David Janowski and Alexander Alekhine continue to run shoulder-to-shoulder at the head of the pack after five rounds of the International Masters' Tournament at Scheveningen. Each won his fifth game in succession to maintain a perfect 5-0 score, although each also faced a few uneasy moments along the road to victory. Janowski defeated Willem Schelfhout in a Caro-Kann Defense despite overlooking a winning stroke following a strong Knight sacrifice at the 16th move. The French Master thereafter was obliged to fight on for nearly 30 more moves with three pawns as compensation for his missing piece, and secured the victory only when his opponent began to falter near the end of the contest. For his part Alekhine, whose dashing and complicated style has made him quite popular among the spectators, played a head-spinning combination vs. Rudolf Loman, offering a Knight and Bishop on consecutive moves. This sudden shock proved too much for the Dutchman, who seems to have missed an opportunity to turn the tables on his young Russian opponent, choosing 34.Qe1? in preference to the drawing 34.Qg1 or the likely winning 34.Ba3!, a possibility pointed out by our friend Herr Fritz. It should be noted that with the time limit set at 34 moves in two hours (followed by one hour for the next 17 moves), Loman may well have found himself in time pressure and thus been compelled to make his fateful choice quickly. At all events, Alekhine received his opponent's resignation a few moves later.
Other winners on the day included F.D. Yates, who maintained his hold on third place by topping Dr. A.G. Olland in a hard-fought French Defense, and Edward Lasker, who now stands alone in fourth position after besting Mieses and his Center Counter Defense in a mere 18 moves. Abraham Speijer recorded his second victory, at the expense of Gyula Breyer, and J.W. te Kolsté defeated Arnold van Foreest, who has yet to score. Finally, Fritz Englund, on the verge of victory with three extra pawns in an endgame of Queen and Bishop against Queen and Knight, allowed Klaas Geus to escape with perpetual check, this game standing as the lone draw of the round and only the fourth peaceful conclusion from 34 games played to date. We are hard-pressed to recall another modern tourney with such a gratifyingly high percentage of decisive results.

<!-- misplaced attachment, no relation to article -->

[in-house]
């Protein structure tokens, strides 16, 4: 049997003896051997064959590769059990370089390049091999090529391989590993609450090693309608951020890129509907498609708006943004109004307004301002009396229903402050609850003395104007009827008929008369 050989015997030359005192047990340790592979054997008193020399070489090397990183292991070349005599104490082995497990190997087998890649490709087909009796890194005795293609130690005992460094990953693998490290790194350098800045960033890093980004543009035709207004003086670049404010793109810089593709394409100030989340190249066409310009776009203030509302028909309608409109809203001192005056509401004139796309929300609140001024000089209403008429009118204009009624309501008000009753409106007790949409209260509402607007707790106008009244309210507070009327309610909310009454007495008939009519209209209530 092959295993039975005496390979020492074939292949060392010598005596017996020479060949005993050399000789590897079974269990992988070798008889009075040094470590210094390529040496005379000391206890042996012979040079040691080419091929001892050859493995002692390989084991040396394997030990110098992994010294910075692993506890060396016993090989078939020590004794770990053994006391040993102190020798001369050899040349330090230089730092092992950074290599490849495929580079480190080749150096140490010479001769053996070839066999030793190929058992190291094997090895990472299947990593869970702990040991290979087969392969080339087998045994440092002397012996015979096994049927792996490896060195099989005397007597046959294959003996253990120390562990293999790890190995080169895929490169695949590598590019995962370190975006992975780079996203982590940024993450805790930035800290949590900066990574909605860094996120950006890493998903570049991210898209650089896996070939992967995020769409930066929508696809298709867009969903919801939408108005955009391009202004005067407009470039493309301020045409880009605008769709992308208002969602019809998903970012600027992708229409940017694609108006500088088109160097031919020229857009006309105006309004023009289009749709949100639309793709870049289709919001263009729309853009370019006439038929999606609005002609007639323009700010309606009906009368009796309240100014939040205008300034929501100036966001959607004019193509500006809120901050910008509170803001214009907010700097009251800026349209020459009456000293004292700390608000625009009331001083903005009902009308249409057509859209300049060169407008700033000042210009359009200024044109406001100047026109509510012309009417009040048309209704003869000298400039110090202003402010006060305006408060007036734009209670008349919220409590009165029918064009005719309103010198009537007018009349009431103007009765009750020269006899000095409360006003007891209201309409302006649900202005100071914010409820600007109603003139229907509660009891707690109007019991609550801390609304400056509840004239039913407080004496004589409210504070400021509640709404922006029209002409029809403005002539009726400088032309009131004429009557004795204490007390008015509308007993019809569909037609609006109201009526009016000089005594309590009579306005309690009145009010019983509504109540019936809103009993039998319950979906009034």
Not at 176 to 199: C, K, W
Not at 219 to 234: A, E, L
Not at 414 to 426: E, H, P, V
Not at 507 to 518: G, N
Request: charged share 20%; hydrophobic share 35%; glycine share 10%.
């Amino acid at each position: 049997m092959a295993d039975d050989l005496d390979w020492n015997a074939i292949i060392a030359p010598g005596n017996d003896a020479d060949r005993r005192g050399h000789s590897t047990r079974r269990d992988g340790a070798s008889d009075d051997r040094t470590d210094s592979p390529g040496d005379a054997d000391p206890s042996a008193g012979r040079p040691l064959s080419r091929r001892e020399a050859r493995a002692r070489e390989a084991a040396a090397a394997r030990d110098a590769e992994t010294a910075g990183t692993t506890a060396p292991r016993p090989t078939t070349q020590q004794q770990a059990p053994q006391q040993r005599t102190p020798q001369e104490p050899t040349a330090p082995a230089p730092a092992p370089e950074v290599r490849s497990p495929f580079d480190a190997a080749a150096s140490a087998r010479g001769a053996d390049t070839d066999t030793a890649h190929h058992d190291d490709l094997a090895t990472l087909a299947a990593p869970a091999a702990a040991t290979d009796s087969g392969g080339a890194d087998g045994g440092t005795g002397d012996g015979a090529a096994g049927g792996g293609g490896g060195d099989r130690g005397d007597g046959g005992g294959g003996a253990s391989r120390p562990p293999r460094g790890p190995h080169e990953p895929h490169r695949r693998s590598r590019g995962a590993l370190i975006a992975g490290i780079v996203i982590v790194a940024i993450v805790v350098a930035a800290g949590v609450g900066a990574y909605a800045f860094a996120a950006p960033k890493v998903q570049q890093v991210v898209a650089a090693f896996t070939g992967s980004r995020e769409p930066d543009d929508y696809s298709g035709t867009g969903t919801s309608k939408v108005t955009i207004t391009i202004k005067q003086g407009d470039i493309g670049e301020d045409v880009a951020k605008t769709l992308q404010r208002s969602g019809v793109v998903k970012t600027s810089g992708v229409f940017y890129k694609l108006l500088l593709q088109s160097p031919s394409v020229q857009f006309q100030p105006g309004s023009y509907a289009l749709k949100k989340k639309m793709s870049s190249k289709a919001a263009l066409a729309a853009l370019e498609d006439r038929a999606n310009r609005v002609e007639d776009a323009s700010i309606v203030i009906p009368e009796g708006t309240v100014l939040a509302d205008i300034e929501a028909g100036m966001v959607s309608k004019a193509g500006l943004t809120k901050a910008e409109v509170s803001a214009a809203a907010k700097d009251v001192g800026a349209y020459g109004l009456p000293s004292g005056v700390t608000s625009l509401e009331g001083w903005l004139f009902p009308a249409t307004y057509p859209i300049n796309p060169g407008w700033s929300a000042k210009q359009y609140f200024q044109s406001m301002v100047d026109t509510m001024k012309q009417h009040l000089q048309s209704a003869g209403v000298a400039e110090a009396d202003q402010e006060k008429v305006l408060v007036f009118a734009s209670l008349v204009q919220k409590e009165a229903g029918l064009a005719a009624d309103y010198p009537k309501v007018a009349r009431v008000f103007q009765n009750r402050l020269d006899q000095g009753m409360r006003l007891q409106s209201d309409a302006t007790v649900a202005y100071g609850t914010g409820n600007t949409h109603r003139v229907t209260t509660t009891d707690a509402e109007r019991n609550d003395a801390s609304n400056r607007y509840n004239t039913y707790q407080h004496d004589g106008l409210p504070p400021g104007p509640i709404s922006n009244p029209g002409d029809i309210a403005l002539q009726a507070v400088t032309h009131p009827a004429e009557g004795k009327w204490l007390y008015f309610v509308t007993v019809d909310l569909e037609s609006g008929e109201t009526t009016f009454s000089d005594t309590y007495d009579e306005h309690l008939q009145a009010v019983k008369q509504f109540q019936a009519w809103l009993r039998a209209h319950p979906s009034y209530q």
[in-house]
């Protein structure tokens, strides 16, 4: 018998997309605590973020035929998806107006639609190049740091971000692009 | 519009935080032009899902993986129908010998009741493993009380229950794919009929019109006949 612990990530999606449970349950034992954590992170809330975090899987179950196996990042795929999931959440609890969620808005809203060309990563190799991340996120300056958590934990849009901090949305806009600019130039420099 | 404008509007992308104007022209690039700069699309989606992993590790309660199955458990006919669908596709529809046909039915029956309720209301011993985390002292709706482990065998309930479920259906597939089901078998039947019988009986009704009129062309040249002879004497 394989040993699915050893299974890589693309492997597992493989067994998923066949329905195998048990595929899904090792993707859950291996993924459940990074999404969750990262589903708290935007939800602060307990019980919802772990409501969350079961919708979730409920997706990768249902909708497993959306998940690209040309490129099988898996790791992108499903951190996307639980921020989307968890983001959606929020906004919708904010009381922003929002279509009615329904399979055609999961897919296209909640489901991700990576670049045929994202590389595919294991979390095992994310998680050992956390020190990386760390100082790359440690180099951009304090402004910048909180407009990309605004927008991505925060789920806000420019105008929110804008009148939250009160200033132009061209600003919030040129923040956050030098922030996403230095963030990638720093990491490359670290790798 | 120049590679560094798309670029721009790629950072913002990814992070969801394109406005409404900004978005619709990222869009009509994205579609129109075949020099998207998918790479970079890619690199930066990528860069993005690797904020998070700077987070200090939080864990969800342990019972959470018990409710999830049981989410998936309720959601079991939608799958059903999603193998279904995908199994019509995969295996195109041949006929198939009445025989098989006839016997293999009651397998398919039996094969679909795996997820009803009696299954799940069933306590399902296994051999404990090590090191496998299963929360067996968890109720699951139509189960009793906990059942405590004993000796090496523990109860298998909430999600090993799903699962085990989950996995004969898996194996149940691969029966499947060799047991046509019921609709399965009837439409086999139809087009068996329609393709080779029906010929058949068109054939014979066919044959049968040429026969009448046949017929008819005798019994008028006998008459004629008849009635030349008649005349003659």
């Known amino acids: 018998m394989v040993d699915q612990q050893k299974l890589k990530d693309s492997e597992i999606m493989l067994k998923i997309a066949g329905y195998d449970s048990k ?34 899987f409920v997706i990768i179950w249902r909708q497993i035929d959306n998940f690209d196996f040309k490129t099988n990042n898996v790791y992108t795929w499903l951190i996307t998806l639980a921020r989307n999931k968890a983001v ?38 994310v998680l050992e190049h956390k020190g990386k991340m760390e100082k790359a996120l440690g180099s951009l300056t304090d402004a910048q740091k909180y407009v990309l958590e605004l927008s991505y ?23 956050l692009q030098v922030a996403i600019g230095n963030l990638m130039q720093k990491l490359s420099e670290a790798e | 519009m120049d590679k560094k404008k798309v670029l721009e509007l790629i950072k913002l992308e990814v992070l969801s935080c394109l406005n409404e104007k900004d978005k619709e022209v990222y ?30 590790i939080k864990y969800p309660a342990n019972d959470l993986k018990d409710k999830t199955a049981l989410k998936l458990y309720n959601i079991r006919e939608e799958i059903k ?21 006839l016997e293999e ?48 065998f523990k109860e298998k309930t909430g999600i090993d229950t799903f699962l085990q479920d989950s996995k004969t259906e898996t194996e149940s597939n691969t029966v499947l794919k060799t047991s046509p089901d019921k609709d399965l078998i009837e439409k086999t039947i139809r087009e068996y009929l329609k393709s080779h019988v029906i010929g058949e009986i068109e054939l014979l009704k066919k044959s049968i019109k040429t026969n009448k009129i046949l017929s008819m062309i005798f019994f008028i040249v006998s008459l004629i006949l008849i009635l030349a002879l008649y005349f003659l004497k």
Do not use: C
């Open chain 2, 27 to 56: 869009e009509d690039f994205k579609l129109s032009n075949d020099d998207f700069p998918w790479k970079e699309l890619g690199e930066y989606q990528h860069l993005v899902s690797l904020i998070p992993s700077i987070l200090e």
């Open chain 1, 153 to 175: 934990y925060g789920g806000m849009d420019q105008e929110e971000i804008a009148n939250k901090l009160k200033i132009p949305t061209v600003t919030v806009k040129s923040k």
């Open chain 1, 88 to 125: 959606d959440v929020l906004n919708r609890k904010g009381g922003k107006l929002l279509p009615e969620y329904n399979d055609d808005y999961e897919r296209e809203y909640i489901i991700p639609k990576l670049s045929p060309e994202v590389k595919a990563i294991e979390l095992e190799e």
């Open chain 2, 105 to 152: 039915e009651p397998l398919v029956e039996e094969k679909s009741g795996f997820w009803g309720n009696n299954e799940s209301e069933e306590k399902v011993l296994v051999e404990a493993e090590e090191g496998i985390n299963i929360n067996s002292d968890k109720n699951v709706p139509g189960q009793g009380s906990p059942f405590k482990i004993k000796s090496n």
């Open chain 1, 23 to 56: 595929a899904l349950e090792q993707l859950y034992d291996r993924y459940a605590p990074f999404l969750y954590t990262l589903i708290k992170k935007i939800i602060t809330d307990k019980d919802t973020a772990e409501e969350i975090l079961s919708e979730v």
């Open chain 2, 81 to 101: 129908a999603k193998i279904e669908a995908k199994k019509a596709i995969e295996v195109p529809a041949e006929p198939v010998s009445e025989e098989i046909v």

Scores after 5 rounds: Janowski, Alekhine 5; F.D. Yates 4; Ed. Lasker 3 1/2; Olland, Breyer, te Kolsté, Geus 2 1/2; Englund, Speijer 2; Mieses 1 1/2; Loman, Schelfhout 1; van Foreest 0.
We present the games:
Janowski could have spared himself several hours' effort had he spotted 19.Bc4!, against which there is no good response.
Alekhine with his fiery imagination seems capable of launching combinations from virtually any position. Here he somewhat overreaches himself, and might have paid the price had Loman played 34.Ba3.
Yates played energetic chess vs. Olland and at last saw his efforts crowned with success at the 44th move.
Edward Lasker won a neat miniature contest vs. Mieses. The move 6...Ne4, which we do not recall ever having seen before, appears premature, and is likely the source of Black's later woes.
Speijer and Breyer contested an interesting endgame, each with his Bishop lying in ambush, taking aim at the opposing King. Yet when Breyer's Bishop joined the attack via 31...Bxf3+, it proved an error that cost the game.
We present the score of te Kolsté's victory over van Foreest as it has come to us. The final position does not appear to warrant Black's resignation.
Englund outplayed Geus in a Queen's Pawn Game but let victory slip his grasp, first overlooking the winning 51.e6+! and then allowing perpetual check with 56.Qf3?